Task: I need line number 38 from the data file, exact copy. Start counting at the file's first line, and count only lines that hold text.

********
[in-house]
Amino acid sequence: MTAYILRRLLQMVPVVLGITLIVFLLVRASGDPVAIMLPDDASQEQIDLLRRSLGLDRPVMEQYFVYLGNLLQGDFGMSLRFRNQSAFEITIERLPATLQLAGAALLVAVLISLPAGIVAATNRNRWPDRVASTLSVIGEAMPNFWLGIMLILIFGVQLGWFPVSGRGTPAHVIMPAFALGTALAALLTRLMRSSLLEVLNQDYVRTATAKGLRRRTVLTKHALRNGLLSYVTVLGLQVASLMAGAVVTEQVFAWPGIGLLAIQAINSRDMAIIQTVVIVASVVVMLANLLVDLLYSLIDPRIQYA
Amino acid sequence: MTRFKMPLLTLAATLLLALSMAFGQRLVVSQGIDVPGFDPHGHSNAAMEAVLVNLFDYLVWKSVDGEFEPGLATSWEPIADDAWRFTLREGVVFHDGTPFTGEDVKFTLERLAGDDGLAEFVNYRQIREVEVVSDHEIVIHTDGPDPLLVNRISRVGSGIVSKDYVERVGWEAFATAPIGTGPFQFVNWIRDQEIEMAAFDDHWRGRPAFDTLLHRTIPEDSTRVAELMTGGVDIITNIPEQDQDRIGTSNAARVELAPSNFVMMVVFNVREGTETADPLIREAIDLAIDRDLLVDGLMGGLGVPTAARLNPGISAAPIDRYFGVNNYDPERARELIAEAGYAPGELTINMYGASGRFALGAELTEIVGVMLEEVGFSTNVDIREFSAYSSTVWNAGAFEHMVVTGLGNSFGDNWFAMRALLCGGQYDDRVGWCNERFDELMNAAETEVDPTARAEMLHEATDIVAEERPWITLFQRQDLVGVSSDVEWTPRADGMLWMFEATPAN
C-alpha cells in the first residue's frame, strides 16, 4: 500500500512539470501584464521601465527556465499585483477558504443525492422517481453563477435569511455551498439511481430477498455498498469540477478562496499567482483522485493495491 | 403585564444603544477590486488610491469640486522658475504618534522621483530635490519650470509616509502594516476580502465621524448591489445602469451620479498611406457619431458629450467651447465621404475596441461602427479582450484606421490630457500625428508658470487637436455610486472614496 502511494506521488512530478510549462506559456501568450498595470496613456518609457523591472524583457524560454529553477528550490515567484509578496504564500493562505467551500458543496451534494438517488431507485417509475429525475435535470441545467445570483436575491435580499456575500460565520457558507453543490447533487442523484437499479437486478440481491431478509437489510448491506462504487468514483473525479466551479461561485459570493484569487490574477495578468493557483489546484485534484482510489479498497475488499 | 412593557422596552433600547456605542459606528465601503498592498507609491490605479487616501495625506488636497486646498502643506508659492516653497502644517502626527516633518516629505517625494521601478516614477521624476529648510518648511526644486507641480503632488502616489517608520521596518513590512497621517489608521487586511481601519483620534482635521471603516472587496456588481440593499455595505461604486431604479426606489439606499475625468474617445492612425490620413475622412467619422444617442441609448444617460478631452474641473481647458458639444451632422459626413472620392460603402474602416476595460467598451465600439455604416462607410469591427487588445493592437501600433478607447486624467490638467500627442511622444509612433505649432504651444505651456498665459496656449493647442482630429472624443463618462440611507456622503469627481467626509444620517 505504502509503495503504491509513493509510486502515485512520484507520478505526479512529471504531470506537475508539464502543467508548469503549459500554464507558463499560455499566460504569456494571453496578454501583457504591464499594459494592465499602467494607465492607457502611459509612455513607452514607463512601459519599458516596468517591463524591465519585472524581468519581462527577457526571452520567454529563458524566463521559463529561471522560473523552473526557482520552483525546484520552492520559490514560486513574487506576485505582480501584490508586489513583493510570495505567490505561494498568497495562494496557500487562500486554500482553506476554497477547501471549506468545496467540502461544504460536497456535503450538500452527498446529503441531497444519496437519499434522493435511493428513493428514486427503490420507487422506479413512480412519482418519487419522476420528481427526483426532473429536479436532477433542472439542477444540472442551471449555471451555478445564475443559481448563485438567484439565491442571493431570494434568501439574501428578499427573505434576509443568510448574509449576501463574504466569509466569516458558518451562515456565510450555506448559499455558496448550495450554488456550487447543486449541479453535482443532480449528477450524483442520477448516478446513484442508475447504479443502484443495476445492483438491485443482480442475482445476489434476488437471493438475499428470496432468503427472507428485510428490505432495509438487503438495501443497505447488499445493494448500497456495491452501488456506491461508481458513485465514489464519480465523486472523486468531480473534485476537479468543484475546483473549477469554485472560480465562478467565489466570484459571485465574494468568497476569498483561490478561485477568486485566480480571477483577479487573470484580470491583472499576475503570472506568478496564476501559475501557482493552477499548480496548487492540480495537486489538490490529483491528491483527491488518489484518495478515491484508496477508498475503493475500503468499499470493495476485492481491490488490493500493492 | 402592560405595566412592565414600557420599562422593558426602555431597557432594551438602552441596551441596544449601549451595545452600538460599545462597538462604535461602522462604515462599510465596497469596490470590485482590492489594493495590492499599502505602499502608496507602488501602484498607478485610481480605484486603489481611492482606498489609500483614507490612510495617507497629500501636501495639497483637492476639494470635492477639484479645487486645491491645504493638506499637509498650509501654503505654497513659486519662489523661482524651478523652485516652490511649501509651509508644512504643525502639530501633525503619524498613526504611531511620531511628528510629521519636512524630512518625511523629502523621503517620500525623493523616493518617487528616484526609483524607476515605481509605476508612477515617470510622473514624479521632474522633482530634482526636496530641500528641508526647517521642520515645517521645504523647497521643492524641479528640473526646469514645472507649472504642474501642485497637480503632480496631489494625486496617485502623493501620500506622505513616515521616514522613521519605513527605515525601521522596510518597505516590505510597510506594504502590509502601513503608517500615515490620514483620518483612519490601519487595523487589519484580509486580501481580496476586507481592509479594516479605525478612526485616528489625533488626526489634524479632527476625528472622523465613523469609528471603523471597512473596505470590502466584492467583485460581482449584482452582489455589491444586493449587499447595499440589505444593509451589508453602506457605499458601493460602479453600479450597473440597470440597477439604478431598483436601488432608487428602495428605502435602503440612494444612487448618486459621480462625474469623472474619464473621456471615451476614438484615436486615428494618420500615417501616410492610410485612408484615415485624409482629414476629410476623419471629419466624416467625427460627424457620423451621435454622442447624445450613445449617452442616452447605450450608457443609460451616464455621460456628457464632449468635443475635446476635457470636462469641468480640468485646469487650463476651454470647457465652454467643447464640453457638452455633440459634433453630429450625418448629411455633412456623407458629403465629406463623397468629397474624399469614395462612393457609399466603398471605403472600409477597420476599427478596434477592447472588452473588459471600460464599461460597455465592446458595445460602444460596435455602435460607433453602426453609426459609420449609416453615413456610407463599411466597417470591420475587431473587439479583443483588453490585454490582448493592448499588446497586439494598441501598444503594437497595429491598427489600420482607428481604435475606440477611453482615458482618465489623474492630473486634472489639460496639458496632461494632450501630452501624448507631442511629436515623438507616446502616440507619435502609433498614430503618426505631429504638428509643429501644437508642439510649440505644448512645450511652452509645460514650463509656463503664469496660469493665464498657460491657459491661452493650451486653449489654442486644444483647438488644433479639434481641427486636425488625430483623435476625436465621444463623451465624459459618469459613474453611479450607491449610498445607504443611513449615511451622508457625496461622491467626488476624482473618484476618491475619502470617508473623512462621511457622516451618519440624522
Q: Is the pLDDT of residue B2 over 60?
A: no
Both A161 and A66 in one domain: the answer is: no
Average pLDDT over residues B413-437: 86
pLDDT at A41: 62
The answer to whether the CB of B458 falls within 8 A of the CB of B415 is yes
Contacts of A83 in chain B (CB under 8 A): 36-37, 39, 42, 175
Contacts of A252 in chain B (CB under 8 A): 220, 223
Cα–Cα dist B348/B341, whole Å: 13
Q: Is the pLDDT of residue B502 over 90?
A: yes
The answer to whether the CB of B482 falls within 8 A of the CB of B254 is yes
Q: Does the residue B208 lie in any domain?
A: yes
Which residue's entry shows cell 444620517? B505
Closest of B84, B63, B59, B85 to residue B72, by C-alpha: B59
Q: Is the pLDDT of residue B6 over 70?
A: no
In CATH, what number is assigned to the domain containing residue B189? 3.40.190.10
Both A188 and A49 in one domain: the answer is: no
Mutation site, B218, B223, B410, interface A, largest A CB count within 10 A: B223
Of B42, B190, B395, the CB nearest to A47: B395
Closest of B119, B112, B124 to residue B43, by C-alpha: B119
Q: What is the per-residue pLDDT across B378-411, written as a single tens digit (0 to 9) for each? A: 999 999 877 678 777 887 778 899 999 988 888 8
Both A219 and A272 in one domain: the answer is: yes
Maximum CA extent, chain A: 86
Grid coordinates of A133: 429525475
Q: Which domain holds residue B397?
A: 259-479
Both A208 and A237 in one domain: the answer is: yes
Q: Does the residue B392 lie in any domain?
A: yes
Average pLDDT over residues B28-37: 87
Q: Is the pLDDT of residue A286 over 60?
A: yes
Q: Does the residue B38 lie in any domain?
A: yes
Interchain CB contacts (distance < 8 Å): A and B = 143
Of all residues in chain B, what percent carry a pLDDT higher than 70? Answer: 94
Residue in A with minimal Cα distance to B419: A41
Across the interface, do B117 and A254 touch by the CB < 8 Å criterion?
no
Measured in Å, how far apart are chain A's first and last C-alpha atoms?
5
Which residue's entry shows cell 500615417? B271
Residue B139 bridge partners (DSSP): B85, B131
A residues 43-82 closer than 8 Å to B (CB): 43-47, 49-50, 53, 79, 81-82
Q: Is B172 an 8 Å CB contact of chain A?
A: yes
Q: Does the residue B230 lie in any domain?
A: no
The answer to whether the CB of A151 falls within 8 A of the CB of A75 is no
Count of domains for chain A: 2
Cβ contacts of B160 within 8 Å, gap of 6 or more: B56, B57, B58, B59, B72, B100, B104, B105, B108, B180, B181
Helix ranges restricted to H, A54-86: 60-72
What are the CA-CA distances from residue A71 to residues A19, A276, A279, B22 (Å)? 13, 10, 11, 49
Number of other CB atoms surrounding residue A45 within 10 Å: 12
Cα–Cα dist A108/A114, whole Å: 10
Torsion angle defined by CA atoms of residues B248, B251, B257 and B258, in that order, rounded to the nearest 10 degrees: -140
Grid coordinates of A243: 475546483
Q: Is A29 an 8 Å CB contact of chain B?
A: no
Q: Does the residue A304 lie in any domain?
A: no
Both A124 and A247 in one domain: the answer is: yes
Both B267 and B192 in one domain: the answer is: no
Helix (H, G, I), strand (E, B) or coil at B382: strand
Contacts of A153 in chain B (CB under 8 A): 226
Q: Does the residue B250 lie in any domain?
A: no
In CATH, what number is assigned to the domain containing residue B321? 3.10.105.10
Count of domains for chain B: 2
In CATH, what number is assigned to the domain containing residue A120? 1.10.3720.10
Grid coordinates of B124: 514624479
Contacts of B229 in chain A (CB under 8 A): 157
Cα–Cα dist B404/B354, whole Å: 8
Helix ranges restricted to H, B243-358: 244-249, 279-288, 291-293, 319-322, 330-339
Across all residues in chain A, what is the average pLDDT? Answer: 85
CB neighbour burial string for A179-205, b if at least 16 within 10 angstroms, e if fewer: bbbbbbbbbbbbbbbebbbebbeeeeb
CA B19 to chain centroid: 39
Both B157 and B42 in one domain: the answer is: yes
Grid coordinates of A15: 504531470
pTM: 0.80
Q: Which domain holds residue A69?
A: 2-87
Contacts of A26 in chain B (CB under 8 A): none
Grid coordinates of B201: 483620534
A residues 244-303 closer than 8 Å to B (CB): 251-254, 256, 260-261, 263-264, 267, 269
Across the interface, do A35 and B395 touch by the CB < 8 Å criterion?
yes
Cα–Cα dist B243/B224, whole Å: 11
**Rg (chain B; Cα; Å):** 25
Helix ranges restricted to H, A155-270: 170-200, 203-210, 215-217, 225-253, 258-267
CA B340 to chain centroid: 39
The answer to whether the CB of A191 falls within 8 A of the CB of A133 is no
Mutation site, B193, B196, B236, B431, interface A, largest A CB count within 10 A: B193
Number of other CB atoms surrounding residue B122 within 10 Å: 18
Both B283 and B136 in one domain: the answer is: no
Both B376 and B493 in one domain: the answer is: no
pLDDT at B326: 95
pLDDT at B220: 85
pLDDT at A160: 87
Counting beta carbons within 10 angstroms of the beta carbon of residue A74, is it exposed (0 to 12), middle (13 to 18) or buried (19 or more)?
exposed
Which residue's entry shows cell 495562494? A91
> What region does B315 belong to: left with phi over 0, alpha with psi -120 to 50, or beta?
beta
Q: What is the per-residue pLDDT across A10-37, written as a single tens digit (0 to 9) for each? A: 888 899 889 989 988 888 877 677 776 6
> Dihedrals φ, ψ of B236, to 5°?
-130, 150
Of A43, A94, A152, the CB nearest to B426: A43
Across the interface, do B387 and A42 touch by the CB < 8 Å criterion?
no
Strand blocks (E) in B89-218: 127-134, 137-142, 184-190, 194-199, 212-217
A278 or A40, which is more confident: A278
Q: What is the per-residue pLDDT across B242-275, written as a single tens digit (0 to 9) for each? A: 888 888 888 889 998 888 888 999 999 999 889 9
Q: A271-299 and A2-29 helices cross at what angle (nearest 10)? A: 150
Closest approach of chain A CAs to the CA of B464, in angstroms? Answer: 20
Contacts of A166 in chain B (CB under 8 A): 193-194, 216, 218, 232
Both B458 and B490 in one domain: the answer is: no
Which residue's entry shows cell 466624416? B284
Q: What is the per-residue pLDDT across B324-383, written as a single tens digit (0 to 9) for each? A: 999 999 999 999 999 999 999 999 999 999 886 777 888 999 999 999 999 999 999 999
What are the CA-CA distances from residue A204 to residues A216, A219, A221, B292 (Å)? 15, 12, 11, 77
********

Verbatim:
Q: Is the pLDDT of residue A286 over 60?